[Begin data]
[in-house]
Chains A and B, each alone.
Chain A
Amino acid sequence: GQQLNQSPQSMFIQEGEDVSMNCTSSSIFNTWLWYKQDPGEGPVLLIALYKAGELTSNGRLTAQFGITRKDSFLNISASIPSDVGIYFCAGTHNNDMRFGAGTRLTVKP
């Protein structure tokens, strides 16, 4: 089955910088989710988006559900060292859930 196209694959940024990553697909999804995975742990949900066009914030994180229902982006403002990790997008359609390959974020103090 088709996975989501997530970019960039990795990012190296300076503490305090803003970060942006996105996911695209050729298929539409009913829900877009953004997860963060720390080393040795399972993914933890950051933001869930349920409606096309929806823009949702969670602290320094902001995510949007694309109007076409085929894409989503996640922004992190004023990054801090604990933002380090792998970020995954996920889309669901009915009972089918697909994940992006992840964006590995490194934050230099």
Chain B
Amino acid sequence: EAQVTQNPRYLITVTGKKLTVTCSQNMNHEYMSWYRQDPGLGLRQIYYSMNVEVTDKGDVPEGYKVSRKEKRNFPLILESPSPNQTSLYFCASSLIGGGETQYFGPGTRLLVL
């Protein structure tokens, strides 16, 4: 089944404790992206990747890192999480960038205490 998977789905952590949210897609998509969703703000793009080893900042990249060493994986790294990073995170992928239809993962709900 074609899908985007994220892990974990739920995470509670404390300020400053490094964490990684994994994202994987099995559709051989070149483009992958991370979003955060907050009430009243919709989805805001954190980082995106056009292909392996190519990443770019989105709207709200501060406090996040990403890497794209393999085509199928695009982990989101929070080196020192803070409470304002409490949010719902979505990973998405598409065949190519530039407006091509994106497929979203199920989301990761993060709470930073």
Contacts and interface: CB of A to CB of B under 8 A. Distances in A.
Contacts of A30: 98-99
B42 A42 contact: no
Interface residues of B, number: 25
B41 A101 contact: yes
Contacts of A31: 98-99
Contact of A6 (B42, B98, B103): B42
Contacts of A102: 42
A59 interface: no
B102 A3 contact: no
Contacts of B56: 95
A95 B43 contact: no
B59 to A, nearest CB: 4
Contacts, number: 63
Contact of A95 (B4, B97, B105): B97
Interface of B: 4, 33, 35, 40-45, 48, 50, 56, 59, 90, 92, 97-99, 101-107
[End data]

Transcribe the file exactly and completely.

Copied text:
[in-house]
Chains A and B, each alone.
Chain A
Amino acid sequence: GQQLNQSPQSMFIQEGEDVSMNCTSSSIFNTWLWYKQDPGEGPVLLIALYKAGELTSNGRLTAQFGITRKDSFLNISASIPSDVGIYFCAGTHNNDMRFGAGTRLTVKP
């Protein structure tokens, strides 16, 4: 089955910088989710988006559900060292859930 196209694959940024990553697909999804995975742990949900066009914030994180229902982006403002990790997008359609390959974020103090 088709996975989501997530970019960039990795990012190296300076503490305090803003970060942006996105996911695209050729298929539409009913829900877009953004997860963060720390080393040795399972993914933890950051933001869930349920409606096309929806823009949702969670602290320094902001995510949007694309109007076409085929894409989503996640922004992190004023990054801090604990933002380090792998970020995954996920889309669901009915009972089918697909994940992006992840964006590995490194934050230099």
Chain B
Amino acid sequence: EAQVTQNPRYLITVTGKKLTVTCSQNMNHEYMSWYRQDPGLGLRQIYYSMNVEVTDKGDVPEGYKVSRKEKRNFPLILESPSPNQTSLYFCASSLIGGGETQYFGPGTRLLVL
């Protein structure tokens, strides 16, 4: 089944404790992206990747890192999480960038205490 998977789905952590949210897609998509969703703000793009080893900042990249060493994986790294990073995170992928239809993962709900 074609899908985007994220892990974990739920995470509670404390300020400053490094964490990684994994994202994987099995559709051989070149483009992958991370979003955060907050009430009243919709989805805001954190980082995106056009292909392996190519990443770019989105709207709200501060406090996040990403890497794209393999085509199928695009982990989101929070080196020192803070409470304002409490949010719902979505990973998405598409065949190519530039407006091509994106497929979203199920989301990761993060709470930073």
Contacts and interface: CB of A to CB of B under 8 A. Distances in A.
Contacts of A30: 98-99
B42 A42 contact: no
Interface residues of B, number: 25
B41 A101 contact: yes
Contacts of A31: 98-99
Contact of A6 (B42, B98, B103): B42
Contacts of A102: 42
A59 interface: no
B102 A3 contact: no
Contacts of B56: 95
A95 B43 contact: no
B59 to A, nearest CB: 4
Contacts, number: 63
Contact of A95 (B4, B97, B105): B97
Interface of B: 4, 33, 35, 40-45, 48, 50, 56, 59, 90, 92, 97-99, 101-107